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Malay Mail

KOTA KINABALU, Sept 30 — Sabah Parks has put in stricter controls for diving at Sipadan island to preserve its marine life which has borne the brunt of commercialisation over the past few years.

Divers will now have to be certified as Advanced Open Water divers at a minimum, and one permit will only allow two dives, instead of three, per day.

An Advanced Open Water diver is a step up from the entry level Open Water certification, which requires more skill and also allows for deeper dives of up to 30 metres.

Other restrictions include a maximum of 50 divers per dive site at any one time and there can’t be a repeat of the same dive site.

Each dive master is allowed to bring up to four divers each and dive periods are between 7am and 4.30pm.

Sabah Parks director Maklarin Lakim said the changes were to protect the island’s sensitive ecosystem which attracts tourists from all over the world.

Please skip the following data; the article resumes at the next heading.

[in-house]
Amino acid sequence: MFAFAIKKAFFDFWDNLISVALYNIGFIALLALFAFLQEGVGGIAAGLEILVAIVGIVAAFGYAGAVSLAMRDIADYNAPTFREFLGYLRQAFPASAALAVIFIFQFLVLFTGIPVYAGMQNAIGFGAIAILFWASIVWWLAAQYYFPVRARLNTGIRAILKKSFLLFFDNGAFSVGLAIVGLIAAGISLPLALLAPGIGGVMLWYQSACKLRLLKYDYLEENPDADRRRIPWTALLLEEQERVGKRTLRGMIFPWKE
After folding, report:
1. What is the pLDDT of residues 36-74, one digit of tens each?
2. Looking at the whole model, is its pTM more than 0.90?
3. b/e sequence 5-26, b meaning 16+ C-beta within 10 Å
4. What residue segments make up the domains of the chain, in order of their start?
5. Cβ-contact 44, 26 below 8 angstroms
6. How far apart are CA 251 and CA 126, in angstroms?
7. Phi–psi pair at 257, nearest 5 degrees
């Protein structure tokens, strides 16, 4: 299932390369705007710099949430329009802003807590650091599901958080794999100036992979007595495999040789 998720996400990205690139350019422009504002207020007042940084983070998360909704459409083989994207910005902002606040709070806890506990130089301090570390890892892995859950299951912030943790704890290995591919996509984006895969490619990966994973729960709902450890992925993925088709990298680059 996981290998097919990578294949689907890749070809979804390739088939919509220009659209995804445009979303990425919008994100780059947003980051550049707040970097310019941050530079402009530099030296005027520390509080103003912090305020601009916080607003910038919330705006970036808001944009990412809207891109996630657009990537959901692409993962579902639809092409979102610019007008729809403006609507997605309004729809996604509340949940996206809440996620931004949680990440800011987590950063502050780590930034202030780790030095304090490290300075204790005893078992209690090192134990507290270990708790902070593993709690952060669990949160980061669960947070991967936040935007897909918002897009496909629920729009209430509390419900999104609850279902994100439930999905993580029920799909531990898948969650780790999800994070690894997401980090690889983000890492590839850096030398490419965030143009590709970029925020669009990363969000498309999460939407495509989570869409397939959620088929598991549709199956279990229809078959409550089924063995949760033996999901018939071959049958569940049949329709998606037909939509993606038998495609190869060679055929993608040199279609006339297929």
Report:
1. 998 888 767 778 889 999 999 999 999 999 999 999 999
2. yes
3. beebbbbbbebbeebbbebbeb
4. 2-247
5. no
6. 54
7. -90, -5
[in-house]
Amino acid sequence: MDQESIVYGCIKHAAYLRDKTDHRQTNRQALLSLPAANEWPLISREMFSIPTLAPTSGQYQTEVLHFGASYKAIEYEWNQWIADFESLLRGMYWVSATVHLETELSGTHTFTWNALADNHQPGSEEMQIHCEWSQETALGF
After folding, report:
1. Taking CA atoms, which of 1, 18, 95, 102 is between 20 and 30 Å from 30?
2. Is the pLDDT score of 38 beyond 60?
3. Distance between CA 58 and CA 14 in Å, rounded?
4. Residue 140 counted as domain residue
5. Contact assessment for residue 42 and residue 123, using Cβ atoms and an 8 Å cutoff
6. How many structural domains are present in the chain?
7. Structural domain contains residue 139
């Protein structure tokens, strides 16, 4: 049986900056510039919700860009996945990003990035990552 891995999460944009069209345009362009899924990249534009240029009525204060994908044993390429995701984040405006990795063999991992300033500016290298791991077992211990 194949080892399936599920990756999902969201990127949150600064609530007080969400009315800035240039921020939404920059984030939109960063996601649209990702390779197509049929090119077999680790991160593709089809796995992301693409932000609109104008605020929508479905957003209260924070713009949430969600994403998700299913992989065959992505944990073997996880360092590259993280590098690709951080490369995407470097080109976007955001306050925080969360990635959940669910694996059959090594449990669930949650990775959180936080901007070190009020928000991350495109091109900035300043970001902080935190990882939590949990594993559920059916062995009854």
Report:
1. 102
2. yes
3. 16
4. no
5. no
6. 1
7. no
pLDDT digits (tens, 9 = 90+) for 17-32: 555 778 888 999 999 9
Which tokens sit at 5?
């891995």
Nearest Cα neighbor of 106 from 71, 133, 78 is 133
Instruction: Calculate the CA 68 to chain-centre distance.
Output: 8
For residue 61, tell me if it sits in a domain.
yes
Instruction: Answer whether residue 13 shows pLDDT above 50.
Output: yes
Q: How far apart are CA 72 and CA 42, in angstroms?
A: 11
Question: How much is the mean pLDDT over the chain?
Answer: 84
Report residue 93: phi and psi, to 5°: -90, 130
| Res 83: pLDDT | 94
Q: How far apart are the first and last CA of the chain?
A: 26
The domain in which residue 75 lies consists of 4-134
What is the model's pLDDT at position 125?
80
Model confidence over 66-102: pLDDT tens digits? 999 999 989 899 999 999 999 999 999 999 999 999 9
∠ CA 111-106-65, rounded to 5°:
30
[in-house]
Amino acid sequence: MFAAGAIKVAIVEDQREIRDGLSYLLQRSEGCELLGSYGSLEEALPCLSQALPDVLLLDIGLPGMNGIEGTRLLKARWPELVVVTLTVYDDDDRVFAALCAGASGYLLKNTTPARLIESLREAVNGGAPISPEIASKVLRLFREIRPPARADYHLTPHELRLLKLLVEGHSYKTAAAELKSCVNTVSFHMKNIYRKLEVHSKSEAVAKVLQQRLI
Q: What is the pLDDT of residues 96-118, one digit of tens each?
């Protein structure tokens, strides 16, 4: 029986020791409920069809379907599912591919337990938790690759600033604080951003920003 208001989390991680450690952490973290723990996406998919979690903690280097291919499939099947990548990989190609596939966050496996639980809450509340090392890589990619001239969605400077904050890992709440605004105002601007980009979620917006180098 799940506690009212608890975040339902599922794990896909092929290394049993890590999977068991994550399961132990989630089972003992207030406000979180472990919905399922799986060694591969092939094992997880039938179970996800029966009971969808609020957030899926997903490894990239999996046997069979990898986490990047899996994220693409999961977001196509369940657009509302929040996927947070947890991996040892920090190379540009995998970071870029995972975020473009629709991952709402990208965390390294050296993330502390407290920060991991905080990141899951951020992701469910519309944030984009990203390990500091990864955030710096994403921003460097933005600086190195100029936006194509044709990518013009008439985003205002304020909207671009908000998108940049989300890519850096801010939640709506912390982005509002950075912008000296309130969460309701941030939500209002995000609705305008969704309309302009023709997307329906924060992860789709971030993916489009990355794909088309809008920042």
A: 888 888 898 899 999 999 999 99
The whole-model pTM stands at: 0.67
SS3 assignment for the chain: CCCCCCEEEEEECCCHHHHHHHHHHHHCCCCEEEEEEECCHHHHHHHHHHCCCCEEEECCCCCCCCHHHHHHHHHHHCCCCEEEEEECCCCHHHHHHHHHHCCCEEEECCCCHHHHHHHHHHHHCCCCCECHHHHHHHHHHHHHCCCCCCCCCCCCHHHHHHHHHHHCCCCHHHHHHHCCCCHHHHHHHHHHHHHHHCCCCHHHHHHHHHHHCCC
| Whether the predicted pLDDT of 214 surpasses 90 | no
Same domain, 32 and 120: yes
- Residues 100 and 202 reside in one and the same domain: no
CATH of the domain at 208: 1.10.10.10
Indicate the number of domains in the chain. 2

“The coral reef has degraded slowly over time. The slight change of rules is introduced due to increase number of divers while the intensity or frequency of diving needs to be retained.

“It is important for mitigating negative impacts of diving to coral reef,” he said when contacted by Malay Mail.

The only oceanic island in Malaysia is a very popular destination for scuba diving enthusiasts due to its teeming and diverse marine life, where turtles, sharks, schools of barracuda, bumphead parrotfish and visiting pelagics thrill divers.

However, the small island about 12 hectares wide is also a bird sanctuary, and requires special management due to its delicate status.

Overnight guests were banned from the island in 2004 as the five resorts were asked to move out. In 2008, even day trippers were restricted to 120 divers per day but this has since been revised to 178 per day as of 2019 to accommodate the increase of tourist interest.

The Semporna Professional Divers Association (SPDA) here recently expressed concern over the increase of diving permits in Sipadan given to tour operators (from 12 to 24) in the last two years, and another 13 this August.

They urged the authorities and the Tourism, Culture and Environment Ministry to take serious action and prevent lasting damage to the island.

The island rose to popularity after world famous French underwater explorer and filmmaker Jacques-Yves Cousteau remarked that Sipadan was an “untouched piece of art” in 1988.

It is often claimed to be among the top 10 dive destinations in the world.


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